TOT Executive Director Sarah Briggs moderated a preview of a study of Ohio s telecom rules and broadband investment in Cleveland on Monday. The study was done by Case Western Reserve University Weatherhead School of Management1 economics professor Jack Kleinhenz and the Digital Policy Institute2 at Ball State University.
Kleinhenz, joined by Steve Jones of Ball State, previewed the study before an audience of state and local officials and technology experts at the City Club of Cleveland.
Steve Jones (left), of the Digital Policy Institute at Ball State University, and Jack Kleinhenz, of Case Western Reserve University’s Weatherhead School of Management
Among the study s findings: despite 90% of homes in Ohio having access, only 55% subscribe to broadband. Also, 32% of Ohio s homes will have wireless broadband by the end of 2012.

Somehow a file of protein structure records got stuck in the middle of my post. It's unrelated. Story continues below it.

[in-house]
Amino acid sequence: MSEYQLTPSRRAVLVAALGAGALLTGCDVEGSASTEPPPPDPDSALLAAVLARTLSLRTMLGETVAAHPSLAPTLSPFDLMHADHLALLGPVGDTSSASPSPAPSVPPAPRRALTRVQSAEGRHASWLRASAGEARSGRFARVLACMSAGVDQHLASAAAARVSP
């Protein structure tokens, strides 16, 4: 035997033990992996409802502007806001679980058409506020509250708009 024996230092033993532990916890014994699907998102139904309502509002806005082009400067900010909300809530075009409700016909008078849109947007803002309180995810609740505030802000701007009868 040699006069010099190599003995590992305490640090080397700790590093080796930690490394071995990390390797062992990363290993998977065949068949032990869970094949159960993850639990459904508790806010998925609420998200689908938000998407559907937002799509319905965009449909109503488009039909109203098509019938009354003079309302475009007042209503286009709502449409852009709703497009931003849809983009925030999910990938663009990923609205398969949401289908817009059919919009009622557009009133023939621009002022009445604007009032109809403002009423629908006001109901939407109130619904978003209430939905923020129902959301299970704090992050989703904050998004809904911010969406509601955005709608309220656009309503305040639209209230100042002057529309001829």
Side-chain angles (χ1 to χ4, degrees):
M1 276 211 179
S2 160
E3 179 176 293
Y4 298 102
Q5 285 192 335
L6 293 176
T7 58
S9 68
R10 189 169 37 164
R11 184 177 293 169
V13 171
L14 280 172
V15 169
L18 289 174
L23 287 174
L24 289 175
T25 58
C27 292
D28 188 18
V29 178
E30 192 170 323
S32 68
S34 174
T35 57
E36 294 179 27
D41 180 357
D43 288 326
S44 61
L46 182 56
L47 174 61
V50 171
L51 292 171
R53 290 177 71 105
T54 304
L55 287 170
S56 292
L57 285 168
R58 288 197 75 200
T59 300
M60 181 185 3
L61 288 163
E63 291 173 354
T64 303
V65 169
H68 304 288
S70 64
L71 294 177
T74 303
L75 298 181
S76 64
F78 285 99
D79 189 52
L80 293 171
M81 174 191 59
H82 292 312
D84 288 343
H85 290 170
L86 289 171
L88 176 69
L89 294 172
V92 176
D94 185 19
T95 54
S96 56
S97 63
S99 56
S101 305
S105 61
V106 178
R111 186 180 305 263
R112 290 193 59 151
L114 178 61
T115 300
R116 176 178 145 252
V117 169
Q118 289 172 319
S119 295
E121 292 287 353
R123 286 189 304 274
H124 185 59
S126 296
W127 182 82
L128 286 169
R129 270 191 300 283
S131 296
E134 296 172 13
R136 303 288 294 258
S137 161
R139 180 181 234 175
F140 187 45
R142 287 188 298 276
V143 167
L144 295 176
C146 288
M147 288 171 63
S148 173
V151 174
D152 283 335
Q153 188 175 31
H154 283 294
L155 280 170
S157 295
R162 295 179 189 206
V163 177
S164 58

The study reports that Ohio outranks the national average in the following: number of per capita high speed lines, business lines as a percentage of high speed lines and the number of providers of high speed lines.
The report also finds that between 15,000 to 30,000 jobs in Ohio are supported or created annually across all industries by investment in broadband.
Additionally, it is in the public s best interest to have a level playing field among competitors in order to encourage additional investment in broadband, according to the study.
Recommendations include reforming antiquated rules governing legacy phone companies to reflect competition in the marketplace.
The study will be released to the public in the coming weeks.